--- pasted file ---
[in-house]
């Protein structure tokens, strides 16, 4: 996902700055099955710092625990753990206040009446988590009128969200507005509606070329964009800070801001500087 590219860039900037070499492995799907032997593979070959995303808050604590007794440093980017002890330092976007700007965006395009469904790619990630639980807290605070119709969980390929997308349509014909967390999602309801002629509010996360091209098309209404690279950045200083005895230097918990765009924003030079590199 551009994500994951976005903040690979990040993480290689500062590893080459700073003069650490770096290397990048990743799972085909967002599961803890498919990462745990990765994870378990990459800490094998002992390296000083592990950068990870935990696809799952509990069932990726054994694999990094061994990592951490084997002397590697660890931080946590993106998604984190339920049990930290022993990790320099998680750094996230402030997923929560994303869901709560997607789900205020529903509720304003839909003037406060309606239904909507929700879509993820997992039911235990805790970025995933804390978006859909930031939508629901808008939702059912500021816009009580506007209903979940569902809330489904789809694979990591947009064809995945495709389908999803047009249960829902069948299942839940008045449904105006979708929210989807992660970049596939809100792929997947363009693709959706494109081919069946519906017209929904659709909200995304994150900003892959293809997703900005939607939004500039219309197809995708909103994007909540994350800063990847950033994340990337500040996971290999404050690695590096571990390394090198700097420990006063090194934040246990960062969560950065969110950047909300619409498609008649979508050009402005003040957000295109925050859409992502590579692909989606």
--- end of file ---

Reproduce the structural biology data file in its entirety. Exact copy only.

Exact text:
[in-house]
């Protein structure tokens, strides 16, 4: 996902700055099955710092625990753990206040009446988590009128969200507005509606070329964009800070801001500087 590219860039900037070499492995799907032997593979070959995303808050604590007794440093980017002890330092976007700007965006395009469904790619990630639980807290605070119709969980390929997308349509014909967390999602309801002629509010996360091209098309209404690279950045200083005895230097918990765009924003030079590199 551009994500994951976005903040690979990040993480290689500062590893080459700073003069650490770096290397990048990743799972085909967002599961803890498919990462745990990765994870378990990459800490094998002992390296000083592990950068990870935990696809799952509990069932990726054994694999990094061994990592951490084997002397590697660890931080946590993106998604984190339920049990930290022993990790320099998680750094996230402030997923929560994303869901709560997607789900205020529903509720304003839909003037406060309606239904909507929700879509993820997992039911235990805790970025995933804390978006859909930031939508629901808008939702059912500021816009009580506007209903979940569902809330489904789809694979990591947009064809995945495709389908999803047009249960829902069948299942839940008045449904105006979708929210989807992660970049596939809100792929997947363009693709959706494109081919069946519906017209929904659709909200995304994150900003892959293809997703900005939607939004500039219309197809995708909103994007909540994350800063990847950033994340990337500040996971290999404050690695590096571990390394090198700097420990006063090194934040246990960062969560950065969110950047909300619409498609008649979508050009402005003040957000295109925050859409992502590579692909989606």